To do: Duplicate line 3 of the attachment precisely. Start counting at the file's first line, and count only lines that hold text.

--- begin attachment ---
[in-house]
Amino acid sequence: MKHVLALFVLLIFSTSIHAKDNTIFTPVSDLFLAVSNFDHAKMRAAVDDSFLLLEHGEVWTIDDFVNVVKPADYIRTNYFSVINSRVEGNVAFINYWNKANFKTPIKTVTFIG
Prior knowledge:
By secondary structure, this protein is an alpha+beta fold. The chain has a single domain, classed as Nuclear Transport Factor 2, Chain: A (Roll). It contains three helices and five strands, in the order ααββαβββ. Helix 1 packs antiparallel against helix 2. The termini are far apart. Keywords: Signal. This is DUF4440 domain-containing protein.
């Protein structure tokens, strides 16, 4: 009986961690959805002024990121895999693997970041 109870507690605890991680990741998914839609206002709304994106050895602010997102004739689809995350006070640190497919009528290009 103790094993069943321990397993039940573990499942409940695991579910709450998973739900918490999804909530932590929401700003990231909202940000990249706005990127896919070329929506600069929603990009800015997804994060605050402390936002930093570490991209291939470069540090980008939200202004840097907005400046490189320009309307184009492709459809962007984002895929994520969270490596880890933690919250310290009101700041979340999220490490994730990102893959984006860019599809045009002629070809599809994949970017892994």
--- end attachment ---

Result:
Prior knowledge: